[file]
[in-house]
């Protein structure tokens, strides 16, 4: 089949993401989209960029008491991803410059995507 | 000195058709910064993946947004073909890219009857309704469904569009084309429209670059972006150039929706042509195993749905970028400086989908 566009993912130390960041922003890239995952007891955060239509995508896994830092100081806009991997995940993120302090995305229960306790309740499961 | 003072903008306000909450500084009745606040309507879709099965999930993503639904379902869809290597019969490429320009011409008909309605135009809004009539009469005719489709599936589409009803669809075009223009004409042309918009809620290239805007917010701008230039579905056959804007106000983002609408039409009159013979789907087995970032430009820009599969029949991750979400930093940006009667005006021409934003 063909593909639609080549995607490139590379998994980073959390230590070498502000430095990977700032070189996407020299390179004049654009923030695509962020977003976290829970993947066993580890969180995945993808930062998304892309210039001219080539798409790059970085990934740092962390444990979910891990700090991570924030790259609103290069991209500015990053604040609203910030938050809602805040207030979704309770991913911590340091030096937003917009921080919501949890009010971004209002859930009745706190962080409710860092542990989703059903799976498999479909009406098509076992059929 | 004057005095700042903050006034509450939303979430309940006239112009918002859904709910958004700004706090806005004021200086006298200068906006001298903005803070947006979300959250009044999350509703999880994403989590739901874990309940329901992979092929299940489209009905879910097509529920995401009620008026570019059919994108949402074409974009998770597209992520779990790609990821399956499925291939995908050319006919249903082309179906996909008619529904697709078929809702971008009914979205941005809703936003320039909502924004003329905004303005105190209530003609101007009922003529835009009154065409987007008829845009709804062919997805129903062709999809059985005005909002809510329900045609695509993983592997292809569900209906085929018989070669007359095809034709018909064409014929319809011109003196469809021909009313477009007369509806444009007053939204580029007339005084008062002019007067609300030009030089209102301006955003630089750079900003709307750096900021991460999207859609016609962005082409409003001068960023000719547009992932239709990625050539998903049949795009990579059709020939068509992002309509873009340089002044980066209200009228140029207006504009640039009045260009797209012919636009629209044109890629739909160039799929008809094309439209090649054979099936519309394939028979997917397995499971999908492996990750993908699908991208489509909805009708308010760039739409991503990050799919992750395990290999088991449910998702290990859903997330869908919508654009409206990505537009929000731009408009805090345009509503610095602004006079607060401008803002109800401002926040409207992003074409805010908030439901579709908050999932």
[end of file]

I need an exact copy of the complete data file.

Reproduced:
[in-house]
């Protein structure tokens, strides 16, 4: 089949993401989209960029008491991803410059995507 | 000195058709910064993946947004073909890219009857309704469904569009084309429209670059972006150039929706042509195993749905970028400086989908 566009993912130390960041922003890239995952007891955060239509995508896994830092100081806009991997995940993120302090995305229960306790309740499961 | 003072903008306000909450500084009745606040309507879709099965999930993503639904379902869809290597019969490429320009011409008909309605135009809004009539009469005719489709599936589409009803669809075009223009004409042309918009809620290239805007917010701008230039579905056959804007106000983002609408039409009159013979789907087995970032430009820009599969029949991750979400930093940006009667005006021409934003 063909593909639609080549995607490139590379998994980073959390230590070498502000430095990977700032070189996407020299390179004049654009923030695509962020977003976290829970993947066993580890969180995945993808930062998304892309210039001219080539798409790059970085990934740092962390444990979910891990700090991570924030790259609103290069991209500015990053604040609203910030938050809602805040207030979704309770991913911590340091030096937003917009921080919501949890009010971004209002859930009745706190962080409710860092542990989703059903799976498999479909009406098509076992059929 | 004057005095700042903050006034509450939303979430309940006239112009918002859904709910958004700004706090806005004021200086006298200068906006001298903005803070947006979300959250009044999350509703999880994403989590739901874990309940329901992979092929299940489209009905879910097509529920995401009620008026570019059919994108949402074409974009998770597209992520779990790609990821399956499925291939995908050319006919249903082309179906996909008619529904697709078929809702971008009914979205941005809703936003320039909502924004003329905004303005105190209530003609101007009922003529835009009154065409987007008829845009709804062919997805129903062709999809059985005005909002809510329900045609695509993983592997292809569900209906085929018989070669007359095809034709018909064409014929319809011109003196469809021909009313477009007369509806444009007053939204580029007339005084008062002019007067609300030009030089209102301006955003630089750079900003709307750096900021991460999207859609016609962005082409409003001068960023000719547009992932239709990625050539998903049949795009990579059709020939068509992002309509873009340089002044980066209200009228140029207006504009640039009045260009797209012919636009629209044109890629739909160039799929008809094309439209090649054979099936519309394939028979997917397995499971999908492996990750993908699908991208489509909805009708308010760039739409991503990050799919992750395990290999088991449910998702290990859903997330869908919508654009409206990505537009929000731009408009805090345009509503610095602004006079607060401008803002109800401002926040409207992003074409805010908030439901579709908050999932």